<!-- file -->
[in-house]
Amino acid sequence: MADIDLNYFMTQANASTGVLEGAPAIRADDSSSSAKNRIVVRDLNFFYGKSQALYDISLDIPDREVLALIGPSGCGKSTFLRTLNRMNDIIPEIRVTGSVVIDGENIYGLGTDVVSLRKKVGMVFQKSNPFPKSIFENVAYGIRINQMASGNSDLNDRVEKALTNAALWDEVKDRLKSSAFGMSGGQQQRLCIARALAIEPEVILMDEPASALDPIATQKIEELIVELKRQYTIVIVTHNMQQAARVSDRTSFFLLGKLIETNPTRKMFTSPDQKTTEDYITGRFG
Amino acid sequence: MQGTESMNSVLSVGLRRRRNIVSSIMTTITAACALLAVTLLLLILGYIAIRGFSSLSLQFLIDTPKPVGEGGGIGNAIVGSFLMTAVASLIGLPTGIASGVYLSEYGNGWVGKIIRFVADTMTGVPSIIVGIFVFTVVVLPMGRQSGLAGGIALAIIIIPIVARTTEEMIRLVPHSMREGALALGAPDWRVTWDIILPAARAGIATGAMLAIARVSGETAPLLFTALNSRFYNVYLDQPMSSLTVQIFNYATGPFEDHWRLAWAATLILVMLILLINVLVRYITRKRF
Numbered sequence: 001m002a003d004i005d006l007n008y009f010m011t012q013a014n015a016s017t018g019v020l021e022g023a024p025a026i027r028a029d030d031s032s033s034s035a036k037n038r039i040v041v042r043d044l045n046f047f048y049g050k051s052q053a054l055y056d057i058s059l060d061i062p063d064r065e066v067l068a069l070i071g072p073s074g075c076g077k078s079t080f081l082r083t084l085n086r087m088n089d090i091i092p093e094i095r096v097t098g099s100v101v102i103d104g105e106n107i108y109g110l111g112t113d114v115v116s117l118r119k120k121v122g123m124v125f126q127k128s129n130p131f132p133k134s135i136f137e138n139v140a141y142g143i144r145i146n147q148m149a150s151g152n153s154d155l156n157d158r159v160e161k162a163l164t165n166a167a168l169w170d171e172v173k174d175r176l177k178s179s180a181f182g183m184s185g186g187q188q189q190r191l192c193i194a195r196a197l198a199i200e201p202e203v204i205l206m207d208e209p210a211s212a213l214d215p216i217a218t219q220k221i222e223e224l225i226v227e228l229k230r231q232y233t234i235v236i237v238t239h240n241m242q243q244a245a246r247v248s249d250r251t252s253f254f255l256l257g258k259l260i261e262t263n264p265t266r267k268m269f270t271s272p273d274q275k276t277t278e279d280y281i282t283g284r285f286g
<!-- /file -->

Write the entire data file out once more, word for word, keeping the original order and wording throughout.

[in-house]
Amino acid sequence: MADIDLNYFMTQANASTGVLEGAPAIRADDSSSSAKNRIVVRDLNFFYGKSQALYDISLDIPDREVLALIGPSGCGKSTFLRTLNRMNDIIPEIRVTGSVVIDGENIYGLGTDVVSLRKKVGMVFQKSNPFPKSIFENVAYGIRINQMASGNSDLNDRVEKALTNAALWDEVKDRLKSSAFGMSGGQQQRLCIARALAIEPEVILMDEPASALDPIATQKIEELIVELKRQYTIVIVTHNMQQAARVSDRTSFFLLGKLIETNPTRKMFTSPDQKTTEDYITGRFG
Amino acid sequence: MQGTESMNSVLSVGLRRRRNIVSSIMTTITAACALLAVTLLLLILGYIAIRGFSSLSLQFLIDTPKPVGEGGGIGNAIVGSFLMTAVASLIGLPTGIASGVYLSEYGNGWVGKIIRFVADTMTGVPSIIVGIFVFTVVVLPMGRQSGLAGGIALAIIIIPIVARTTEEMIRLVPHSMREGALALGAPDWRVTWDIILPAARAGIATGAMLAIARVSGETAPLLFTALNSRFYNVYLDQPMSSLTVQIFNYATGPFEDHWRLAWAATLILVMLILLINVLVRYITRKRF
Numbered sequence: 001m002a003d004i005d006l007n008y009f010m011t012q013a014n015a016s017t018g019v020l021e022g023a024p025a026i027r028a029d030d031s032s033s034s035a036k037n038r039i040v041v042r043d044l045n046f047f048y049g050k051s052q053a054l055y056d057i058s059l060d061i062p063d064r065e066v067l068a069l070i071g072p073s074g075c076g077k078s079t080f081l082r083t084l085n086r087m088n089d090i091i092p093e094i095r096v097t098g099s100v101v102i103d104g105e106n107i108y109g110l111g112t113d114v115v116s117l118r119k120k121v122g123m124v125f126q127k128s129n130p131f132p133k134s135i136f137e138n139v140a141y142g143i144r145i146n147q148m149a150s151g152n153s154d155l156n157d158r159v160e161k162a163l164t165n166a167a168l169w170d171e172v173k174d175r176l177k178s179s180a181f182g183m184s185g186g187q188q189q190r191l192c193i194a195r196a197l198a199i200e201p202e203v204i205l206m207d208e209p210a211s212a213l214d215p216i217a218t219q220k221i222e223e224l225i226v227e228l229k230r231q232y233t234i235v236i237v238t239h240n241m242q243q244a245a246r247v248s249d250r251t252s253f254f255l256l257g258k259l260i261e262t263n264p265t266r267k268m269f270t271s272p273d274q275k276t277t278e279d280y281i282t283g284r285f286g